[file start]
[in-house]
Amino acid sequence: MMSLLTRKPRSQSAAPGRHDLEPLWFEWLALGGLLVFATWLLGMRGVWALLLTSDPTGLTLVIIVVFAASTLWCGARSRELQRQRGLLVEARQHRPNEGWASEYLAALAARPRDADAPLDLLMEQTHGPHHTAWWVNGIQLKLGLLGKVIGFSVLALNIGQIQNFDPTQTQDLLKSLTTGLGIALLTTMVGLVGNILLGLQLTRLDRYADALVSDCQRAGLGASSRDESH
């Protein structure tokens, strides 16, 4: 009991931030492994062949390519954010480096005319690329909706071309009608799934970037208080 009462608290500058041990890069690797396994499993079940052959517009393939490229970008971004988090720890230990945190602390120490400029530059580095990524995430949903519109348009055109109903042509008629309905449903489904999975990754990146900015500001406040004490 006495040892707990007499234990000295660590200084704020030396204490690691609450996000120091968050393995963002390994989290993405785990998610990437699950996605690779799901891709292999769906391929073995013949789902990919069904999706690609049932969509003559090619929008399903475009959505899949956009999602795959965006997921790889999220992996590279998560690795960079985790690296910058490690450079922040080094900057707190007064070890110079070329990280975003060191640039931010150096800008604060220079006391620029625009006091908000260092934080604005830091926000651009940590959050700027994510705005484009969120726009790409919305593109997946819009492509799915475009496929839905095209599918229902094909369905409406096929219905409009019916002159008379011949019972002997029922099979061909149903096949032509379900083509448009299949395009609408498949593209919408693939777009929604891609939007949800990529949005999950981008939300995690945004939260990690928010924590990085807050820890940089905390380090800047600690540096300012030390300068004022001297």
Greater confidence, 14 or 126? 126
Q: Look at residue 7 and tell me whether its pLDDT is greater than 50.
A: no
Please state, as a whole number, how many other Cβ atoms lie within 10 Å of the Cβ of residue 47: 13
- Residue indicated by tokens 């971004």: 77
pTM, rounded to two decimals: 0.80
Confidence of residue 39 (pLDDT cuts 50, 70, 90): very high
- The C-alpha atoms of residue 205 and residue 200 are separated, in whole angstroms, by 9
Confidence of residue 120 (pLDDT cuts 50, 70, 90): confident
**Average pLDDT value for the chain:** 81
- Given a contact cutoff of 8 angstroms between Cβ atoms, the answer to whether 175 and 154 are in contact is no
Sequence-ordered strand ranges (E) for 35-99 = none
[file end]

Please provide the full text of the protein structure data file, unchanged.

[in-house]
Amino acid sequence: MMSLLTRKPRSQSAAPGRHDLEPLWFEWLALGGLLVFATWLLGMRGVWALLLTSDPTGLTLVIIVVFAASTLWCGARSRELQRQRGLLVEARQHRPNEGWASEYLAALAARPRDADAPLDLLMEQTHGPHHTAWWVNGIQLKLGLLGKVIGFSVLALNIGQIQNFDPTQTQDLLKSLTTGLGIALLTTMVGLVGNILLGLQLTRLDRYADALVSDCQRAGLGASSRDESH
């Protein structure tokens, strides 16, 4: 009991931030492994062949390519954010480096005319690329909706071309009608799934970037208080 009462608290500058041990890069690797396994499993079940052959517009393939490229970008971004988090720890230990945190602390120490400029530059580095990524995430949903519109348009055109109903042509008629309905449903489904999975990754990146900015500001406040004490 006495040892707990007499234990000295660590200084704020030396204490690691609450996000120091968050393995963002390994989290993405785990998610990437699950996605690779799901891709292999769906391929073995013949789902990919069904999706690609049932969509003559090619929008399903475009959505899949956009999602795959965006997921790889999220992996590279998560690795960079985790690296910058490690450079922040080094900057707190007064070890110079070329990280975003060191640039931010150096800008604060220079006391620029625009006091908000260092934080604005830091926000651009940590959050700027994510705005484009969120726009790409919305593109997946819009492509799915475009496929839905095209599918229902094909369905409406096929219905409009019916002159008379011949019972002997029922099979061909149903096949032509379900083509448009299949395009609408498949593209919408693939777009929604891609939007949800990529949005999950981008939300995690945004939260990690928010924590990085807050820890940089905390380090800047600690540096300012030390300068004022001297």
Greater confidence, 14 or 126? 126
Q: Look at residue 7 and tell me whether its pLDDT is greater than 50.
A: no
Please state, as a whole number, how many other Cβ atoms lie within 10 Å of the Cβ of residue 47: 13
- Residue indicated by tokens 């971004």: 77
pTM, rounded to two decimals: 0.80
Confidence of residue 39 (pLDDT cuts 50, 70, 90): very high
- The C-alpha atoms of residue 205 and residue 200 are separated, in whole angstroms, by 9
Confidence of residue 120 (pLDDT cuts 50, 70, 90): confident
**Average pLDDT value for the chain:** 81
- Given a contact cutoff of 8 angstroms between Cβ atoms, the answer to whether 175 and 154 are in contact is no
Sequence-ordered strand ranges (E) for 35-99 = none